Body fat is often expressed as our “Body Fat Percentage” or “Body Fat Percent.” Body fat percentage is the amount of body-fat-tissue as a percentage of total body weight. If your total body weight is 200 pounds and you have 40 pounds of fat, your body fat percentage is 20 percent
Methods similar to those used to diagnose overly fat clients can be used to diagnose clients with reduced body mass. A person whose weight is more than 15% below a reasonable body weight (RBW) may be classified as underweight. A man with a body fat content less that 15% and a woman with a body fat content less than 18% may be classified as having a reduced body mass. A BMI less than 20% may indicate that the client has a reduced body mass.
Consequences of being underweight
Long-term follow-up of studies indicates that excessive leanness is associated with increased mortality and decreased life expectancy. However, the causes of mortality are different from those associated with excess weight. An excessively lean person is almost twice as likely to succumb to respiratory disease such as tuberculosis. In addition, these clients have greater difficulty maintaining body temperature during cold weather. Infections and disturbances of the gastrointestinal tract are more likely in an underweight person, as is fragile bone structure and osteoporotic changes.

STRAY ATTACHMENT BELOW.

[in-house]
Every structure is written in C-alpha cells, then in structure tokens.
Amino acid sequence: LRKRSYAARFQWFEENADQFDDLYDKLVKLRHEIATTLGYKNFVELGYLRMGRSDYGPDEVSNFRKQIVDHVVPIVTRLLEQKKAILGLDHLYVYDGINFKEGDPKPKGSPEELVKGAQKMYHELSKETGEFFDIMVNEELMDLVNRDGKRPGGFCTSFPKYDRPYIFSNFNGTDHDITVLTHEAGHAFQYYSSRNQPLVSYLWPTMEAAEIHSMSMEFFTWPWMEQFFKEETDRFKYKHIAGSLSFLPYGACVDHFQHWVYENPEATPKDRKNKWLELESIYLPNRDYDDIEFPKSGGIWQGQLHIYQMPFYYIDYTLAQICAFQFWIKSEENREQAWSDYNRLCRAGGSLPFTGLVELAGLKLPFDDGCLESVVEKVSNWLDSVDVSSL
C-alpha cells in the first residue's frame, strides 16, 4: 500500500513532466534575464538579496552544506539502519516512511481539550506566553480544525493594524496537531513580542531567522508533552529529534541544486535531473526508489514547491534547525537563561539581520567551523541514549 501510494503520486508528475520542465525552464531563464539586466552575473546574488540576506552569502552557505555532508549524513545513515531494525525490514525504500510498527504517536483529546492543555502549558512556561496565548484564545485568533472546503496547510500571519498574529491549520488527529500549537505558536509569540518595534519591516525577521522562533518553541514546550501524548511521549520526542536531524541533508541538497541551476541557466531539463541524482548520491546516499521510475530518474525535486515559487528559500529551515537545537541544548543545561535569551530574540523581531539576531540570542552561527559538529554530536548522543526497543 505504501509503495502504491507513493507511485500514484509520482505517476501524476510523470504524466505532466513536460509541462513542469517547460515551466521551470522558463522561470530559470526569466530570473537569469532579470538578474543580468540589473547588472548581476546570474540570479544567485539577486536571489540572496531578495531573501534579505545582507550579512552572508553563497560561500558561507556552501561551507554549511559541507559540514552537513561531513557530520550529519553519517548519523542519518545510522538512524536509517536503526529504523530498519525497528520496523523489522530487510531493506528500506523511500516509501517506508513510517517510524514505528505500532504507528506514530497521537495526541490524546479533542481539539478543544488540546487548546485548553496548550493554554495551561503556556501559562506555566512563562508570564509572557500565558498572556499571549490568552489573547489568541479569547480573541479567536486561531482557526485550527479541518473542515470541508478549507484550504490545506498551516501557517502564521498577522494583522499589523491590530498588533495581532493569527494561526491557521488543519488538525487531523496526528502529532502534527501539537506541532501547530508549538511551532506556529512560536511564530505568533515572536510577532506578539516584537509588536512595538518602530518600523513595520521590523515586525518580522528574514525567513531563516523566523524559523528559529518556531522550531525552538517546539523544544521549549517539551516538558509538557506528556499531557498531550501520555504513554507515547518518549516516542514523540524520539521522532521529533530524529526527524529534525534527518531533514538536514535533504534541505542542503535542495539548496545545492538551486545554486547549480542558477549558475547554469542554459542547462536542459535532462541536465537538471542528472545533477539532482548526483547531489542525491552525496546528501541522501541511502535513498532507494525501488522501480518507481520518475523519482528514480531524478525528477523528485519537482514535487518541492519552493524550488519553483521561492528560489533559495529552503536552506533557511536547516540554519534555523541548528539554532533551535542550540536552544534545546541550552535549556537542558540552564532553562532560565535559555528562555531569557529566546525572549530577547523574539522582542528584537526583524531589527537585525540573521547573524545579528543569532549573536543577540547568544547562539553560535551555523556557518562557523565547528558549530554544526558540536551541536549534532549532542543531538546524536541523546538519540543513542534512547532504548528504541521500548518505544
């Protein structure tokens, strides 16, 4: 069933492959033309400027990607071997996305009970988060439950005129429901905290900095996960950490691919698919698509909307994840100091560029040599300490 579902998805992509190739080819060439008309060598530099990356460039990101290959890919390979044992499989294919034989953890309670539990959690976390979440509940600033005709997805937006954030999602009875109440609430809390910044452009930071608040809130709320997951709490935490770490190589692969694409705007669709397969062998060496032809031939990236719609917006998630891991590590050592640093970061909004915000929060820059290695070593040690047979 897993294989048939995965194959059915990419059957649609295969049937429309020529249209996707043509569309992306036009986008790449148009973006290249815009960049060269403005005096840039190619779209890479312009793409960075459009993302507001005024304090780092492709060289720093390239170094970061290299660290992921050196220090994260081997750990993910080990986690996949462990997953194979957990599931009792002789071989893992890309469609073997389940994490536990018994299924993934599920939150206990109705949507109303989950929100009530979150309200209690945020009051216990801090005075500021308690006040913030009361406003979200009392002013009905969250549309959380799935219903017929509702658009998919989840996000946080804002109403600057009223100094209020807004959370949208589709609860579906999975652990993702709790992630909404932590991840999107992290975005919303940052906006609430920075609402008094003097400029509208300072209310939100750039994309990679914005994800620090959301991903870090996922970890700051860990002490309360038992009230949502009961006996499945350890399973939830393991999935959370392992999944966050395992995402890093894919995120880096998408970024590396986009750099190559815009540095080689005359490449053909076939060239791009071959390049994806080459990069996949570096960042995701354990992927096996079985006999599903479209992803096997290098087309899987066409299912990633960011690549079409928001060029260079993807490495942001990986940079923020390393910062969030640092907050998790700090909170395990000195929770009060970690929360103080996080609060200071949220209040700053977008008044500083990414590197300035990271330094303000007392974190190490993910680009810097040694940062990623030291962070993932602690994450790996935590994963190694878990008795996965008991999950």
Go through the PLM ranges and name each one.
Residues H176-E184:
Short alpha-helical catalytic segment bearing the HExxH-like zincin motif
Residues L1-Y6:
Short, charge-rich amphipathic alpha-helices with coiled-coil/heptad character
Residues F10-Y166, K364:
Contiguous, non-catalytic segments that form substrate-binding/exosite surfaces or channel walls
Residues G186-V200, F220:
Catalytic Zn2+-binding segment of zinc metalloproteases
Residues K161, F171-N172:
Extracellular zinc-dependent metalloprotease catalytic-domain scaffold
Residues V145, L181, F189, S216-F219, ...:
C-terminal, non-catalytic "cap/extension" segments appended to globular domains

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We know it takes more kilocalories to support body protein content than body fat pecentage. Health-care worker should first encourage patients to exercise more to increase their body protein content. Many experts believe that our society’s increasingly sedentary lifestyle may be responsible for the increasing prevalence of obesity.
Second, eating fat is fattening. Here are some reasons to avoid dietary fat:
- Teaspoon for teaspoon, fat contain more kilocalories that either carbohydrate or protein.
- There is very little energy cost to convert fat in food to body fat. Carbohydrates in food must be converted to fat before carbohydrate can be stored in fat cells. This conversion requires an expenditure of kilocalories. Kilocalories used to convert carbohydrate in food to body fat are not stored as body fat.
- Once a fat cell has been manufactured, there is no evidence that it can ever be broken down; it exists until death. When dieting, a person can reduce the amount of fat in each fat cell but not break down the cell completely. Some researches believe that an empty fat cell sends a message to the reduced-obese person’s brain to eat. The reduce-obese/over weight person must learn to cope with a message constantly coming from the brain to eat. This is another reason why it is very difficult for a client to keep weight off permanently. Prevention if weight gain is the easiest way to maintain a reasonable body weight.